In the previous post, I argue that Confucian moral knowledge has something more than knowing-how and knowing-that, and the extra thing is its ability to incline the knower to act according to the knowledge. From the Humean point of view, Confucians must be either confused or confusing (or both) in holding such a view of moral knowledge, since this inclination or motivation is not knowledge and does not belong to knowledge, whether it is knowledge-that or knowledge-how, but something other than knowledge: desire. According to Humeans, in order for an action to take place, both belief and desires are needed: belief tells one what to do, and desire motivates one to do it. Without desire, one’s belief will not incline a person to act; without belief, one’s desire will not tell one what action to take and how to take the action.
Although there are some contemporary philosophers of action who are not Humeans and even are claimed (either by themselves or by others) to be anti-Humeans, most of them still agree that belief and desire are separate mental states. They are anti-Humeans only in the sense that they try to provide different explanations of action than the Humean one. On the one hand, we have those anti-Humeans who, as cognitivists or rationalists, claim that knowledge or belief alone can motivate a person to act and there is no need for desire in our explanation of action (Scanlon). On the other hand, we have those anti-Humeans who, as noncognitivists or emotivists, claim that all that is involved in our action is desire or emotion (Ayer). Continue reading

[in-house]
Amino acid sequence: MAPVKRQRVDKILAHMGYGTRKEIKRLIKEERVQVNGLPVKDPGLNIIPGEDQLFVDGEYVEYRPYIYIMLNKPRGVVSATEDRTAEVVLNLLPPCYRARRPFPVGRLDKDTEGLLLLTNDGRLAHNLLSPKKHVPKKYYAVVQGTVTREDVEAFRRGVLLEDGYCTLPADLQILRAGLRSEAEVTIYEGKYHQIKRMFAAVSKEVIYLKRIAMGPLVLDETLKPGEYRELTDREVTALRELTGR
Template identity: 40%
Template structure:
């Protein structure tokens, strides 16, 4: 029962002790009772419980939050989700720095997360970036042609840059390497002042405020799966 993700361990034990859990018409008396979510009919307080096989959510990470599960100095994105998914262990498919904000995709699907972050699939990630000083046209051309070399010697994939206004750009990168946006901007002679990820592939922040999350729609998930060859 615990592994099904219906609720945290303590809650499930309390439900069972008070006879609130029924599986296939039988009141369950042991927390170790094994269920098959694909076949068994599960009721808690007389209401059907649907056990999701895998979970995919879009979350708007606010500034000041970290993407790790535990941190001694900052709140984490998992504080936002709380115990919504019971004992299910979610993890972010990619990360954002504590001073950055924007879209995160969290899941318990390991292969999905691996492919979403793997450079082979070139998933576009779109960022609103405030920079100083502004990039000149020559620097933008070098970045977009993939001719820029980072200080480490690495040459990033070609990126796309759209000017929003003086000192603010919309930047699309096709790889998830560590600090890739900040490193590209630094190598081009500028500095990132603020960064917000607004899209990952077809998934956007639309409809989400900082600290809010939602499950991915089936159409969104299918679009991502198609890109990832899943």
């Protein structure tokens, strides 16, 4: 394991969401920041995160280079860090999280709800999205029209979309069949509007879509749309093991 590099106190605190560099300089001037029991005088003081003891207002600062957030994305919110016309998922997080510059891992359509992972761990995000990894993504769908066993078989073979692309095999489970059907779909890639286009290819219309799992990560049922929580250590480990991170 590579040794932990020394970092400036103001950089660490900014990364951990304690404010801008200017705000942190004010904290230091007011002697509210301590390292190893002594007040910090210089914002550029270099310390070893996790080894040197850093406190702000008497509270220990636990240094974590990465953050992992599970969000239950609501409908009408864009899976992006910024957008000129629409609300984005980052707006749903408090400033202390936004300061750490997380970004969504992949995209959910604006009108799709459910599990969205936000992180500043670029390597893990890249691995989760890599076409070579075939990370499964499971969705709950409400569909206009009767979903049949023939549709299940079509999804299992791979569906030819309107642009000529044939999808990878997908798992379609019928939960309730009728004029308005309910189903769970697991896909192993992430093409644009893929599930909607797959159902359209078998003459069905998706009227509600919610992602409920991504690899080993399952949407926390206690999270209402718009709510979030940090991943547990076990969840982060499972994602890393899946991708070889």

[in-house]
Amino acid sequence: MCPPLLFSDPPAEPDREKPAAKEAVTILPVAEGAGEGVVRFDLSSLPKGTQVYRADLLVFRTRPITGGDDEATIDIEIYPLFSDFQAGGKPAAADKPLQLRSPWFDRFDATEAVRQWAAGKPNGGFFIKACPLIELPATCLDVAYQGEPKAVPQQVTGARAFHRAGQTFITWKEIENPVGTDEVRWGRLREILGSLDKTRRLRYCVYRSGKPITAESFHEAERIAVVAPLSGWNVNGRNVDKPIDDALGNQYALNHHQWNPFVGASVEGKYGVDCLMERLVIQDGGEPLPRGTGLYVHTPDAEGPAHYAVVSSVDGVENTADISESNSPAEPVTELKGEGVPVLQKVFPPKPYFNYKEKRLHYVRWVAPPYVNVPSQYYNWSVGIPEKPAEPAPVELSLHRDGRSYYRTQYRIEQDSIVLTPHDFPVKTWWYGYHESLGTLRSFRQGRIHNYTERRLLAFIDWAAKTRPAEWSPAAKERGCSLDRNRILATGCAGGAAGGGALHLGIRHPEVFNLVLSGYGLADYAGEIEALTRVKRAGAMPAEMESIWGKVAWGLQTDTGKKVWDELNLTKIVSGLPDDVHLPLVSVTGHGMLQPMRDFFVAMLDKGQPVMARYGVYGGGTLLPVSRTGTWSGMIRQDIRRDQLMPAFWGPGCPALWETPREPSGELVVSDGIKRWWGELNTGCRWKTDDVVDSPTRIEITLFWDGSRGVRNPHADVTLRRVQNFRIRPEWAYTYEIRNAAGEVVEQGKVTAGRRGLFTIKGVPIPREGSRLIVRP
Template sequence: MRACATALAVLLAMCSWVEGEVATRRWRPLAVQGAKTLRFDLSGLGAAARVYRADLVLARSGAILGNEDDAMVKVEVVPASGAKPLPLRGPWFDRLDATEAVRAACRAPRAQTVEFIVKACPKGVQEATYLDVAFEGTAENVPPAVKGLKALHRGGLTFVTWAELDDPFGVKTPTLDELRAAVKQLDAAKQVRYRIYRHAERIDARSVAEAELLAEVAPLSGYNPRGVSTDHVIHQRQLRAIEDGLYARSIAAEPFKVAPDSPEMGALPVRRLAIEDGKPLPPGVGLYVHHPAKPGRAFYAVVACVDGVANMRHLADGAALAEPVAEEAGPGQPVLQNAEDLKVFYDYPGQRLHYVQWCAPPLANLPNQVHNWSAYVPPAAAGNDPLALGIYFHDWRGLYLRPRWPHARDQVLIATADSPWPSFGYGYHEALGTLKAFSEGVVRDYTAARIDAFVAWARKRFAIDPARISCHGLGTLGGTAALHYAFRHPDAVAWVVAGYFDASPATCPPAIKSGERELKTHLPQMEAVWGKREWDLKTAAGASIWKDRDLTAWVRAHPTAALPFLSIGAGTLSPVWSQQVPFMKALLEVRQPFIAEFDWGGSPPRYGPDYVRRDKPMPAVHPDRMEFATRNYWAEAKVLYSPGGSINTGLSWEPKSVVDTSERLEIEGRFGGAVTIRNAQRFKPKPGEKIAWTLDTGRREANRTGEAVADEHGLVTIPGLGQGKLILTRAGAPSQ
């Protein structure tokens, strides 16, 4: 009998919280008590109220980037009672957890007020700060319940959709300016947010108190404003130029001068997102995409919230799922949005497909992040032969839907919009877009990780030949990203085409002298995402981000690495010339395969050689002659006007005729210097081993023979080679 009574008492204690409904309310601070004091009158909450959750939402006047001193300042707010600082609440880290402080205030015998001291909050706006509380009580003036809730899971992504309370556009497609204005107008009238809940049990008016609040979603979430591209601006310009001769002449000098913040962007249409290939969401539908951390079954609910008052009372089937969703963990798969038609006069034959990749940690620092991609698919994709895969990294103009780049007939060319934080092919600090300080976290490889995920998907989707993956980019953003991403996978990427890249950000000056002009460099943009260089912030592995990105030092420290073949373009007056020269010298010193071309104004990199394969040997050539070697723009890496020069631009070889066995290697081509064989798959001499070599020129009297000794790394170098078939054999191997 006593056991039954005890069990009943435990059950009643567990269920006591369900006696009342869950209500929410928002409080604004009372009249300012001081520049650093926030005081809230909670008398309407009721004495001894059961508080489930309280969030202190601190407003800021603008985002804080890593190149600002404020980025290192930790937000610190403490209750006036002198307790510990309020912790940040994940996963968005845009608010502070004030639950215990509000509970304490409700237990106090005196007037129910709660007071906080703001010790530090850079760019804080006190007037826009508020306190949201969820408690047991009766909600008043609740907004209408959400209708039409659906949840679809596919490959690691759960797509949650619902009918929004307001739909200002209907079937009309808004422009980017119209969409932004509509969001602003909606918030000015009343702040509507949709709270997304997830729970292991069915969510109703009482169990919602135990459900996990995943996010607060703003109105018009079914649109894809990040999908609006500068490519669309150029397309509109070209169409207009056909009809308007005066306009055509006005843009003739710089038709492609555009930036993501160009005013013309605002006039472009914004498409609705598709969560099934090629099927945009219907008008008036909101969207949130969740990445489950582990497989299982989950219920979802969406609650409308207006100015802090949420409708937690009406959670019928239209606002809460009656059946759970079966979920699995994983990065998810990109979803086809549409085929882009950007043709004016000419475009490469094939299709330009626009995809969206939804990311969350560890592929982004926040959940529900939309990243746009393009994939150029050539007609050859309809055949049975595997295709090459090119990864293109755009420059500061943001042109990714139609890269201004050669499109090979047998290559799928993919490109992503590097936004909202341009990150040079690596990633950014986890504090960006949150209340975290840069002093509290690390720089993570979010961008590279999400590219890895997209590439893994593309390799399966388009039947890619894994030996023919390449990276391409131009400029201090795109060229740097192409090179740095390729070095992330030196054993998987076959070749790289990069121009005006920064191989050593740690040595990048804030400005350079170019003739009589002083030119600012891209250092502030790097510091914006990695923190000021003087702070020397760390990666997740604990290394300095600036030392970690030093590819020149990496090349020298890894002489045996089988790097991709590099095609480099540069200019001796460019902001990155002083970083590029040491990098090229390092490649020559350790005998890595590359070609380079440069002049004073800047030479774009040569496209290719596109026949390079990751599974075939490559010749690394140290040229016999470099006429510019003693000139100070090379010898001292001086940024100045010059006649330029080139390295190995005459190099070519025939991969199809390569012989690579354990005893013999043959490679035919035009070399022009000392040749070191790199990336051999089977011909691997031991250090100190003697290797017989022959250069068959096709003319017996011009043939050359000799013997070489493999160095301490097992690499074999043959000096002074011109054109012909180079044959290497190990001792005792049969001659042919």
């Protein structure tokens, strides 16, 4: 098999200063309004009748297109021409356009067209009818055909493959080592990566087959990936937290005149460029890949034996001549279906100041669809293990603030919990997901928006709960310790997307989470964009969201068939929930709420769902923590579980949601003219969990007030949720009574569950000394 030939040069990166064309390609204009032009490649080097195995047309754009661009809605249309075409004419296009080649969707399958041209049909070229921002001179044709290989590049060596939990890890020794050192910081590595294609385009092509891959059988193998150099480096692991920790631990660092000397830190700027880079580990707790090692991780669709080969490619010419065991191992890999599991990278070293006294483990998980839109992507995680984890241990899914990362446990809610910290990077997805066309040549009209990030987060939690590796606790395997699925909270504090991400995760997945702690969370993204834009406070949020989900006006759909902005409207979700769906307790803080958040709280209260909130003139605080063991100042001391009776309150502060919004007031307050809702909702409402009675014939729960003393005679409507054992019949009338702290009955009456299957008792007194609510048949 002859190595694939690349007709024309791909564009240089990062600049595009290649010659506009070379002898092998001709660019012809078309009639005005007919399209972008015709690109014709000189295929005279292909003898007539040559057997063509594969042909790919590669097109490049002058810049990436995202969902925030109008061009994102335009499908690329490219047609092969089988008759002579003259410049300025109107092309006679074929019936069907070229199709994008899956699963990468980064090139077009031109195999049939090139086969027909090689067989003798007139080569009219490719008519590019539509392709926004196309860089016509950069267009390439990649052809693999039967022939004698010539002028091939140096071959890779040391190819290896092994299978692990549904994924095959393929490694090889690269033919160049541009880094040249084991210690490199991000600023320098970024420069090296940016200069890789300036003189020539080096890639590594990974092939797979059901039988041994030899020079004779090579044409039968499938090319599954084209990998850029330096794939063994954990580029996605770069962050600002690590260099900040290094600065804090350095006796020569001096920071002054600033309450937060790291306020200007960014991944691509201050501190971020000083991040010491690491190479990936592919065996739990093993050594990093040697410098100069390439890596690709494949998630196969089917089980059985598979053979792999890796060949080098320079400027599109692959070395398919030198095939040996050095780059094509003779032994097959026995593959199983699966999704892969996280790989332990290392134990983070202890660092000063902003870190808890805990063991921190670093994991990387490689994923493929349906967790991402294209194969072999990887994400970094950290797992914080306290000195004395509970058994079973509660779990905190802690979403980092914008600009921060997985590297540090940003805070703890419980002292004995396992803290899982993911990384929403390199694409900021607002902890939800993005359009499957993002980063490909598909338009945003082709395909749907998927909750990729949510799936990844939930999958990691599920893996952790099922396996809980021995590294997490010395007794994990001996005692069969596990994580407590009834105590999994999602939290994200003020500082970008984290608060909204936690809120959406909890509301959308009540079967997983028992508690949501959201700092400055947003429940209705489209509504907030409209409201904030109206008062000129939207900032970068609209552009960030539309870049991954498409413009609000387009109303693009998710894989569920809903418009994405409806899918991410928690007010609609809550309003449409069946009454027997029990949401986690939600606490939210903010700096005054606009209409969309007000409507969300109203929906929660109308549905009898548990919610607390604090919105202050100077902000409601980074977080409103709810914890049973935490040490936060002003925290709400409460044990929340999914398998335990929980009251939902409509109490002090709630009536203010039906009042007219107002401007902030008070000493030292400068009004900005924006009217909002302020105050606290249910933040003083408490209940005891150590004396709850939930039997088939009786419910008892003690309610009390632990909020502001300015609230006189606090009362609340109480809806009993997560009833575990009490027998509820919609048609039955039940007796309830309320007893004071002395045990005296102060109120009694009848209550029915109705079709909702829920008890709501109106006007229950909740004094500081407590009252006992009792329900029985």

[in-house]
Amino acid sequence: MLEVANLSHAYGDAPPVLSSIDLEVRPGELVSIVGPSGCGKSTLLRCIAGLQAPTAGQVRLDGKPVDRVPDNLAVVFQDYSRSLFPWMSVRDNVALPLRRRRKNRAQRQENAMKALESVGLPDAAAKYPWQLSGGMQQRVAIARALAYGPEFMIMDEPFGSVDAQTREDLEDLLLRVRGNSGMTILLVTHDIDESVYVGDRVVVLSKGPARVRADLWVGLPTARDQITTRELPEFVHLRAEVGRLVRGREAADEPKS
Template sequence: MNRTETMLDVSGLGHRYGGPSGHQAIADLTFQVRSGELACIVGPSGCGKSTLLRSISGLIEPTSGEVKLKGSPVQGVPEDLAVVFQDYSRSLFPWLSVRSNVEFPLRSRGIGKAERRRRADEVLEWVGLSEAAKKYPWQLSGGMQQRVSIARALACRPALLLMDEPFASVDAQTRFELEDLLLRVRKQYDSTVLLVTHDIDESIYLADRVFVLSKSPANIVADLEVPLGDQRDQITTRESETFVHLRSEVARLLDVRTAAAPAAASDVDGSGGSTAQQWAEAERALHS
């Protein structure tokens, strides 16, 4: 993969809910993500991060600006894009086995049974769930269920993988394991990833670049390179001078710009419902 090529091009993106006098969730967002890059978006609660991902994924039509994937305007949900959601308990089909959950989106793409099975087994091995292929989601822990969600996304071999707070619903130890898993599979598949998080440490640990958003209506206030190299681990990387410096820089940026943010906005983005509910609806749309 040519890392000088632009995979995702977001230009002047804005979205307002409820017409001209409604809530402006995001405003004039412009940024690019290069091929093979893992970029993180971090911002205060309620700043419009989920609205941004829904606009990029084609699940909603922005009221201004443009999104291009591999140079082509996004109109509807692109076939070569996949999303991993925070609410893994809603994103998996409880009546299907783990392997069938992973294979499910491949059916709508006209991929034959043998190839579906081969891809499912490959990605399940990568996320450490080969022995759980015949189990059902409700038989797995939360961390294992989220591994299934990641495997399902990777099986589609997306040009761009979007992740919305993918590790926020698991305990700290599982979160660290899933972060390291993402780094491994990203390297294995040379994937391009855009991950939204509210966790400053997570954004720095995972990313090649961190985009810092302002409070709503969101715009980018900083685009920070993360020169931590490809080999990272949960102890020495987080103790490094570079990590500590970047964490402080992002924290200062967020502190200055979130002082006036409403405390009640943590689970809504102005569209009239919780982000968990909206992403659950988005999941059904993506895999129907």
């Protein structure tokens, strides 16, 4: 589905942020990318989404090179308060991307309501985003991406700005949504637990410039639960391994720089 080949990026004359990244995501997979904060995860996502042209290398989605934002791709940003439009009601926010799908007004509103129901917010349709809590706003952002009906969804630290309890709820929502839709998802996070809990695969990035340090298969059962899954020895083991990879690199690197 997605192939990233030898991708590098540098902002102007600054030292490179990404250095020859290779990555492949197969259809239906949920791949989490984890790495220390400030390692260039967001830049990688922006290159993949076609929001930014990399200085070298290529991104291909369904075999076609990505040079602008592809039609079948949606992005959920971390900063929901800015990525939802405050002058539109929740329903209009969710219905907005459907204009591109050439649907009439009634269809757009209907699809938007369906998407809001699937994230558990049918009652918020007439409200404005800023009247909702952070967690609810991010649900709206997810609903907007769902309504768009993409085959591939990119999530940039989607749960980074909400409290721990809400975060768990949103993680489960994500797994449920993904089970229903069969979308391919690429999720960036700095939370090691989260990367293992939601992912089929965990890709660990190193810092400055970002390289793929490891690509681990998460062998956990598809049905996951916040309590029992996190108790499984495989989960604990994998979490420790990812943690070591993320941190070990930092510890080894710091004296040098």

As is well known, the term “philosophy” was translated with two ideographs 哲学 (Jap: tetsugaku) by Nishi Amane in 1874 and has been widely used not only in Japan but also in Chinese-speaking regions (Chi: zhexue). Since then, philosophy has extensively been flourishing in these two countries, including, though definitely not limited to, the two profound philosophical “schools”, namely, the Kyoto School and New Confucianism. These sophisticated philosophical movements in Japan and China, however, somewhat have not undergone an extensive and in-depth dialogue till recent years. This special issue, therefore, is intended to fill this gap up by demonstrating how “philosophy” is received, confronted and made in the context of Sino-Japanese philosophical interchange. Rigorous academic papers on all time periods and all areas of Sino-Japanese philosophy, classical to contemporary, from a variety of perspectives are welcomed.
All papers will be undergone a peer-reviewed process, which takes approximately two months. If we have more papers accepted than can be put into a single special issue, they can be published in the regular issues of the journal.
We very much look forward to hearing your favorable reply. The submission deadline of full paper is June 30, 2012. For details of the journal, please kindly refer to http://www.kutztown.edu/academics/liberal_arts/philosophy/dao.htm.
Guest editors of the special issue
LAM Wing-keung (Hong Kong Institute of Education; email@example.com)
CHEUNG Ching-yuen (Chinese University of Hong Kong; firstname.lastname@example.org)